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As I’ve discussed many times on FutureDerm, natural skin care isn’t always better. (Read more: Controversy – Why Natural Skin Care Isn’t Always Better on FutureDerm). Yet, as this trend continues to rise, it’s also taken with it the kitschy, fun, granola idea of making your own skin care at home. I sometimes go on Pinterest and am astonished at the number of at-home DIY “skin care treatments” that are ineffective, pore-clogging, or even damaging to the skin. Here are a few:
1. Doesn’t Work for Cellulite = Mix 1/2 cup coffee grounds with 2 tbsp. olive oil, put in microwave for 10 seconds, wrap in plastic wrap and apply to the skin
Coffee contains caffeine, which in turn has theophyllines that have been shown to shrink fat cells. Unfortunately, putting coffee in olive oil will not allow theophyllines to penetrate the skin as well as other delivery systems. I mean, olive oil is an occlusive agent, like Vaseline or mineral oil. So when caffeine is mixed with olive oil, its active components (theophyllines) will not be able to penetrate your skin very well.
If, on the other hand, a chemist placed caffeine in a butylene or propylene glycol solution (the same solution used in transdermal patches), the theophyllines from caffeine can penetrate into the skin quite well (Journal of Investigative Dermatology, 1990). The caffeine will temporarily dehydrate fat cells, making them shrink in size and appear less visible (Vanderbilt University, 2006).
Bottom line: Olive oil is simply a lousy delivery system, and this will not occur as readily.
2.) Doesn’t Work for Wrinkles: Soak 5 almonds in milk overnight, grind the almonds into a paste, add 2 tbsp honey to the paste, apply to your face.
Milk contains lactic acid, which is superb for the skin. Unfortunately, milk also contains DHT (androgens), which can stimulate oil production in the skin. In fact, the DHT (androgens) in regular milk have been associated with acne (Journal of the American Academy of Dermatology, 2008).
Better: Use hormone-free milk.
Best: Use a concentrated lactic acid product, like Lac-Five or prescription Lac-Hydrin.
As for the almonds, this one gets a big fat what from me. Yes, almonds are rich in calcium and iron and low in fat – but what does that have to do with your skin?! Five of the six most proven topicals in skin care are nowhere to be found in almonds — retinoids, niacinamide, alpha hydroxy acids, peptides, and sunscreen. You may get a touch of antioxidants from almonds, but nowhere near as many as if you use an antioxidant concentrate serum or moisturizer.
Bottom Line: Almonds are best when ingested, not when applied topically. Milk should never be used on the face unless it is hormone-free.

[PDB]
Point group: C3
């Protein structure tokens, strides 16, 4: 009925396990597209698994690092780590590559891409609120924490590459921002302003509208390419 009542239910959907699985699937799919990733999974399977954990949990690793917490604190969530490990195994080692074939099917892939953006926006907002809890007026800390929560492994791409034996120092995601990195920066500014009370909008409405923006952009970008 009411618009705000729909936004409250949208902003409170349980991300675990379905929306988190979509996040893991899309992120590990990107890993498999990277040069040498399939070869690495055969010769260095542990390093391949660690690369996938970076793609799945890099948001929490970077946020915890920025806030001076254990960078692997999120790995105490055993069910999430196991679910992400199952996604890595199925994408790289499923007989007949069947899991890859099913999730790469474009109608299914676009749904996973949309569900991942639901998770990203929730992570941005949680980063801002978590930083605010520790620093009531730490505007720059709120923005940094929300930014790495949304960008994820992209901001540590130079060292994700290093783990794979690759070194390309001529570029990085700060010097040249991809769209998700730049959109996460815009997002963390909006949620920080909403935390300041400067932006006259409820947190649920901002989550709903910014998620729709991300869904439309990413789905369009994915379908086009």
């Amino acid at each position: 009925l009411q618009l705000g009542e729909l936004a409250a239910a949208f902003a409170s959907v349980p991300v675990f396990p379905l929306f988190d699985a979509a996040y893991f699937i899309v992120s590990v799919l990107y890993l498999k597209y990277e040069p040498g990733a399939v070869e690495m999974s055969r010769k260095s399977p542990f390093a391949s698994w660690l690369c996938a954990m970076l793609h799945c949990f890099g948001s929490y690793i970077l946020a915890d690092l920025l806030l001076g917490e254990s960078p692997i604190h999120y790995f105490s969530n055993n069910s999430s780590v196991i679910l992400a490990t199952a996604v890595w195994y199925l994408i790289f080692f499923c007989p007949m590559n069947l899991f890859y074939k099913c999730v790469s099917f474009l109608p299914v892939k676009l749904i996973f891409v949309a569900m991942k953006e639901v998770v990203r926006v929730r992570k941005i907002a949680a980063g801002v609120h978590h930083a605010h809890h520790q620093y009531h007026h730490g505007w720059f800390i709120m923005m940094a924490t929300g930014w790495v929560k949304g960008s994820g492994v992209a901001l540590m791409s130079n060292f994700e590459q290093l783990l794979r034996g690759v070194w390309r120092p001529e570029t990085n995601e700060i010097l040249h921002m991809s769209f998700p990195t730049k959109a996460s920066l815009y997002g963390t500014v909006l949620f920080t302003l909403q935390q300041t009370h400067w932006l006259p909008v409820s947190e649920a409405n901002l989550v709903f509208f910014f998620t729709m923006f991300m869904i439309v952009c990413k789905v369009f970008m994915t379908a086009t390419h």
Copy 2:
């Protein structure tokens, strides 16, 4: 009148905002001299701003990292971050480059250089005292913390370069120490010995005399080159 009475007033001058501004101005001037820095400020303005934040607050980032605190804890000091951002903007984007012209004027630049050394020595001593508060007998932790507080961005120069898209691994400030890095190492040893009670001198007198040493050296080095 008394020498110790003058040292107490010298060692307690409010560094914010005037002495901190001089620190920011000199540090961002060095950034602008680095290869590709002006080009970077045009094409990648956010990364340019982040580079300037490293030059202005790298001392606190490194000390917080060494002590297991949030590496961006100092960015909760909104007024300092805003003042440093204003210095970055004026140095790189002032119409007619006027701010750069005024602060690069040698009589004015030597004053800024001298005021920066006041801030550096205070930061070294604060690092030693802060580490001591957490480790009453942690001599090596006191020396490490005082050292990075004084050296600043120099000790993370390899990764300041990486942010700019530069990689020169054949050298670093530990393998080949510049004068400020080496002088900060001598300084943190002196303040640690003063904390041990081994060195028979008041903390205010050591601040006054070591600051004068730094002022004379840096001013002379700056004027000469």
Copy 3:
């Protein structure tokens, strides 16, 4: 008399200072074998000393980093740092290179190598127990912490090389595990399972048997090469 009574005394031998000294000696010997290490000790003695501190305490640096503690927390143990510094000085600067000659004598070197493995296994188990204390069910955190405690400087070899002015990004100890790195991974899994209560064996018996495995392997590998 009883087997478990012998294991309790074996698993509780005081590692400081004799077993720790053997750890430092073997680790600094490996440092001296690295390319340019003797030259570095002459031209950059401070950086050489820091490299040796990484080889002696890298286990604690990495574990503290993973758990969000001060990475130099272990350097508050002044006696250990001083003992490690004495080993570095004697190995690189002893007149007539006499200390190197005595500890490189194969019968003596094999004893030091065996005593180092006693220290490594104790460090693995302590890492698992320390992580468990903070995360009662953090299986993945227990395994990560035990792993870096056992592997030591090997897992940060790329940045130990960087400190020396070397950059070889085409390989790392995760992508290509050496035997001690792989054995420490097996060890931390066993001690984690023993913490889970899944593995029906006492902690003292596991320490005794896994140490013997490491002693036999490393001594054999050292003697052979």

3.) Doesn’t work for undereye circles = Crush up mint leaves
Mint’s scent is soothing and calming. Unfortunately, unlike cucumber, mint has a high irritant potential that does not make it suitable for undereye skin. Mint causes chelitis and contact allergy in many people (Australasian Journal of Dermatology, 2008). Second, while mint contains some antioxidants and vitamin A (Discovery Health), it’s not a highly concentrated dose of either ingredient. While its scent soothes and relaxes, this is best kept away from the eyes and used as a perfume, deodorant, or spray.
Better: Use cucumber slices or tea bags.
Best: Use eye creams designed for undereye circles, like Lumixyl Revitaleyes or our own FutureDerm Vitamin CE Eye Cream 10.0.
For the record, studies show dark circles are aided best with vitamin A and vitamin K in combination if the cause of the dark circles is hyperpigmentation. The best treatments if the cause is blood pooling under the eyes are sleeping on two pillows (watching the neck) and using Haloxyl® , an agent that releases the bilirubin and iron in blood.
Bottom Line: Save the mint for your toothpaste or as a pick-me-up in your tea.
DIY beauty products can be fun because the consumer gets to experiment with a slew of different ingredients. And to believe that the keys to beauty exist in your kitchen sink – what could be better? Unfortunately, scientists have already isolated the active components of most fruits, vegetables, whole grains, and heart-healthy oils and concentrated them in your skin care products.
If you seek natural, organic, and largely chemical-free products, those are available with concentrated ingredients as well.
My qualm about the whole thing are that consumers are wasting their time and money on some of these home remedies, and also putting themselves at real risk for irritation and/or allergic reaction. While methods like cucumber slices or tea bags on the eyes can temporarily work, any beauty expert tell you these methods aren’t as effective as the best eye creams on the market.
Similarly, products on the shelf usually undergo rigorous testing by dermatologists and skin scientists before you purchase them- but when you’re at the the kitchen sink, you’re the formulator and the test subject. So unless you want to treat your skin like a lab experiment, I would stay far away from any home remedies. At the very least, do a patch test first on a small bit of skin to test your reaction, and stop taking beauty advice from anyone without a medical or scientific degree, an aesthetician’s license, or years of experience with skin care.
I don’t mean to be harsh – but I feel as though the beauty industry is taking a downturn as we are ignoring the advice of MD dermatologists and PhD-level scientists specializing in cosmetic science to mash up produce and apply it to our faces, without any regard to irritant potential because it’s “natural”. Cost is not an excuse either – there are many sensational products available for a large range of prices out there!
What are your thoughts on home remedies? Let’s discuss!